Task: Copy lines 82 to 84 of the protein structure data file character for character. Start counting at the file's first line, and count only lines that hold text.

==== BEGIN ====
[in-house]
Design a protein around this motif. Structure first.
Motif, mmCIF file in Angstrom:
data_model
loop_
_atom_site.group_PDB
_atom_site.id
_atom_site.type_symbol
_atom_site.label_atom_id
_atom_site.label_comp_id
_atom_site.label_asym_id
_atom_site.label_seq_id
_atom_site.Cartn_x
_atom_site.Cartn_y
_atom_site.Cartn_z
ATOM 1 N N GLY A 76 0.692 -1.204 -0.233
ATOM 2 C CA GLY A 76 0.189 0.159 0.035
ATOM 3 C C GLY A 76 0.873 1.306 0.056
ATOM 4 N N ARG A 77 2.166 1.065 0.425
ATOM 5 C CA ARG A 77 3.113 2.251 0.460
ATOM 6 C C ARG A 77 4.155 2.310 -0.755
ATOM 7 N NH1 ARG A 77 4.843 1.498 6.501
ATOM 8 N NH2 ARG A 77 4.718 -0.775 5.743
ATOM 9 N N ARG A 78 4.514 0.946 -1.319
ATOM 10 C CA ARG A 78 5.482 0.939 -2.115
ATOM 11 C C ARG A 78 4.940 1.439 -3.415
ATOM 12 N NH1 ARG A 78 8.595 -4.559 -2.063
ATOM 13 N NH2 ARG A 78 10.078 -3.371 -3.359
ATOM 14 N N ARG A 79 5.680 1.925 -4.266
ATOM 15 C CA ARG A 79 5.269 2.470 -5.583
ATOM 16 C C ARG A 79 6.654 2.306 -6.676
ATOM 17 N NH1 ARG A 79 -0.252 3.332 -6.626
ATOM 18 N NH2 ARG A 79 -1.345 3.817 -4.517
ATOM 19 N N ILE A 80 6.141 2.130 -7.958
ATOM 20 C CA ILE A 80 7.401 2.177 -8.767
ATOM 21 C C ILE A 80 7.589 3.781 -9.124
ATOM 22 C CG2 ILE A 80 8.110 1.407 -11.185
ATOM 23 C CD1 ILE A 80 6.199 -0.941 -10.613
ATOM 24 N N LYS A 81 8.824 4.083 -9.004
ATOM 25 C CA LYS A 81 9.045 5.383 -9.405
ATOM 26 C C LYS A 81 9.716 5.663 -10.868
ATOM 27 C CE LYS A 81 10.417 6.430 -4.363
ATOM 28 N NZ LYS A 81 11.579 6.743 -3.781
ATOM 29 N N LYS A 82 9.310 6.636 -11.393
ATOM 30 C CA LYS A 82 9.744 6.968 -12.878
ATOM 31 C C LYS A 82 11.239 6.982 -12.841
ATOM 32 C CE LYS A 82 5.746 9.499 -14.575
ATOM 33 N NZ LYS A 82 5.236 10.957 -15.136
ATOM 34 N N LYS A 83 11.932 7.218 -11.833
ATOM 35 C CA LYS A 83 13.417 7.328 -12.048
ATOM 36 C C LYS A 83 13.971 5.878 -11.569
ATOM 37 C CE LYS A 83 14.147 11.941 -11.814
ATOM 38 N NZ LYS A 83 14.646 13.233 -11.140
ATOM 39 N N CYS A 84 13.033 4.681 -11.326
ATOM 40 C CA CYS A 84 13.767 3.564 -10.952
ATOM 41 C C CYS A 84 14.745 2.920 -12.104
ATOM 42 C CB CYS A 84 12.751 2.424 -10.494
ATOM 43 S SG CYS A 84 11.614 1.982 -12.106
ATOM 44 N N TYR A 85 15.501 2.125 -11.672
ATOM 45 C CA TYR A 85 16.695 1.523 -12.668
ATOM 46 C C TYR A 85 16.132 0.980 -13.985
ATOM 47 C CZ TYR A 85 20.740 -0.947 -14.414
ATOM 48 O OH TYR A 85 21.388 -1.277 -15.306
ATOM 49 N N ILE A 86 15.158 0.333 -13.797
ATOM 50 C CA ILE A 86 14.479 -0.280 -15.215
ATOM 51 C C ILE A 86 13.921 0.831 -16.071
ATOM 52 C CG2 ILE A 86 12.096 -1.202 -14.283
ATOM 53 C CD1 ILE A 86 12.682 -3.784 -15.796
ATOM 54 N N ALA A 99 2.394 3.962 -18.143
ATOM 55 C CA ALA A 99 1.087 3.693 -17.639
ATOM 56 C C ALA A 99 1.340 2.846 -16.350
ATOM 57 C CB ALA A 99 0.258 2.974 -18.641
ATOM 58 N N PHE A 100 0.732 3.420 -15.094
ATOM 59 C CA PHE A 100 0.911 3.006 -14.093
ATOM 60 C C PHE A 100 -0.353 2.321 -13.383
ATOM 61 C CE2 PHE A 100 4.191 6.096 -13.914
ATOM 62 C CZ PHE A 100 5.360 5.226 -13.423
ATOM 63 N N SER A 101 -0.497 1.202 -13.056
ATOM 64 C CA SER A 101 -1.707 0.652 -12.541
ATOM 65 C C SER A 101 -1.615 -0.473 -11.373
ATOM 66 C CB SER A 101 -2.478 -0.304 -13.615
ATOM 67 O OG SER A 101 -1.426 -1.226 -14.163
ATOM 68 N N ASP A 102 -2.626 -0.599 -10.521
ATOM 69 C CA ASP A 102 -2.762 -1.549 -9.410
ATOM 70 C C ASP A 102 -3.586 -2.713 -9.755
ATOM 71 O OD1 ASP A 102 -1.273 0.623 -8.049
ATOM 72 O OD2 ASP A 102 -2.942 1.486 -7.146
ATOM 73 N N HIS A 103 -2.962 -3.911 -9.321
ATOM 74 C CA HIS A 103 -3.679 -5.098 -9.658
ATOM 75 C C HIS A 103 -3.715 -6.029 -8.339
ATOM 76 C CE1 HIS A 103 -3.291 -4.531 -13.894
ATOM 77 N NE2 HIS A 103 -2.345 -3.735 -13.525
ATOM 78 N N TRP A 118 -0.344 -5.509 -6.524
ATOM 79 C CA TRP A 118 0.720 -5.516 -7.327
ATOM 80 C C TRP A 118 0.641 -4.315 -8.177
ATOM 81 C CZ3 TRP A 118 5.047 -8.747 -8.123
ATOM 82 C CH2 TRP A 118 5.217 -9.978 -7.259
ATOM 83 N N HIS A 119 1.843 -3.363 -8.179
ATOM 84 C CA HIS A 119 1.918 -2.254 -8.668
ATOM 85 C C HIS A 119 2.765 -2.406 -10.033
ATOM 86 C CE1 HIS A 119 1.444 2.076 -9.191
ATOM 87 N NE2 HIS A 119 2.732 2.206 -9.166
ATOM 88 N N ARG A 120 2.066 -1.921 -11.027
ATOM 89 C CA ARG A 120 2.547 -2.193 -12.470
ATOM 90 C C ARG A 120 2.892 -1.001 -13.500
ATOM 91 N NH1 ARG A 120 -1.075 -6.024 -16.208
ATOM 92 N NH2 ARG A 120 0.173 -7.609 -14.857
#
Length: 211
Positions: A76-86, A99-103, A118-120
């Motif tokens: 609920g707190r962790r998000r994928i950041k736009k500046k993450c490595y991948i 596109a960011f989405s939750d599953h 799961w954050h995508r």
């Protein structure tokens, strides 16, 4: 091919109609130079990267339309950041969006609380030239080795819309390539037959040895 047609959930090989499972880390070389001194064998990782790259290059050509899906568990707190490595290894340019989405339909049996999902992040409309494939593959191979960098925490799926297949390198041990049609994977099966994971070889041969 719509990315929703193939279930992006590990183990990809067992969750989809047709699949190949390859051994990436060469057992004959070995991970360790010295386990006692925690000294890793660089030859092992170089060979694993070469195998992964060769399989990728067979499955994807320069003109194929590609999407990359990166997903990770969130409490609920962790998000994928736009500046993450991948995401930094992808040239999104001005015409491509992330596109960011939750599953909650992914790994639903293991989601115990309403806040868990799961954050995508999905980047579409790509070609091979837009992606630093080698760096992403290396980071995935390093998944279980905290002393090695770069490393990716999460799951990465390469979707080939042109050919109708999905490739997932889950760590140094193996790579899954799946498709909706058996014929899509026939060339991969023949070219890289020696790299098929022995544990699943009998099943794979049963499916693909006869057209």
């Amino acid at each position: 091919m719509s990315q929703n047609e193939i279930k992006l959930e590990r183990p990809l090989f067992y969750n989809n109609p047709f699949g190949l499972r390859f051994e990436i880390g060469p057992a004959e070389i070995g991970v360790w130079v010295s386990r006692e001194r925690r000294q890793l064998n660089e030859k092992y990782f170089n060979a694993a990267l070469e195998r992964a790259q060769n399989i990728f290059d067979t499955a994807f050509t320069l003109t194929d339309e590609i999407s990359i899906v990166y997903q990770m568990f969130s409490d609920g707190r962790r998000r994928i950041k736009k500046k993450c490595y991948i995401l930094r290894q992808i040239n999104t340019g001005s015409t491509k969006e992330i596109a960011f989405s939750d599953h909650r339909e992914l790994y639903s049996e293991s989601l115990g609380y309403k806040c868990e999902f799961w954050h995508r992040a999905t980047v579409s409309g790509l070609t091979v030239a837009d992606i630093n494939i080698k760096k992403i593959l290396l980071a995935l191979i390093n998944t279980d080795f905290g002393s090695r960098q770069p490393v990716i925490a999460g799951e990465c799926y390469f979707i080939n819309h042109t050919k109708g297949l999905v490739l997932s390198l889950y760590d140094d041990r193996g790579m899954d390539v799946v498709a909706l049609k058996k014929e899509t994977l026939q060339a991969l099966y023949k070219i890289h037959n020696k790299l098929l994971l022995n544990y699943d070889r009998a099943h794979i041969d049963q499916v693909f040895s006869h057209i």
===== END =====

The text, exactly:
ATOM 67 O OG SER A 101 -1.426 -1.226 -14.163
ATOM 68 N N ASP A 102 -2.626 -0.599 -10.521
ATOM 69 C CA ASP A 102 -2.762 -1.549 -9.410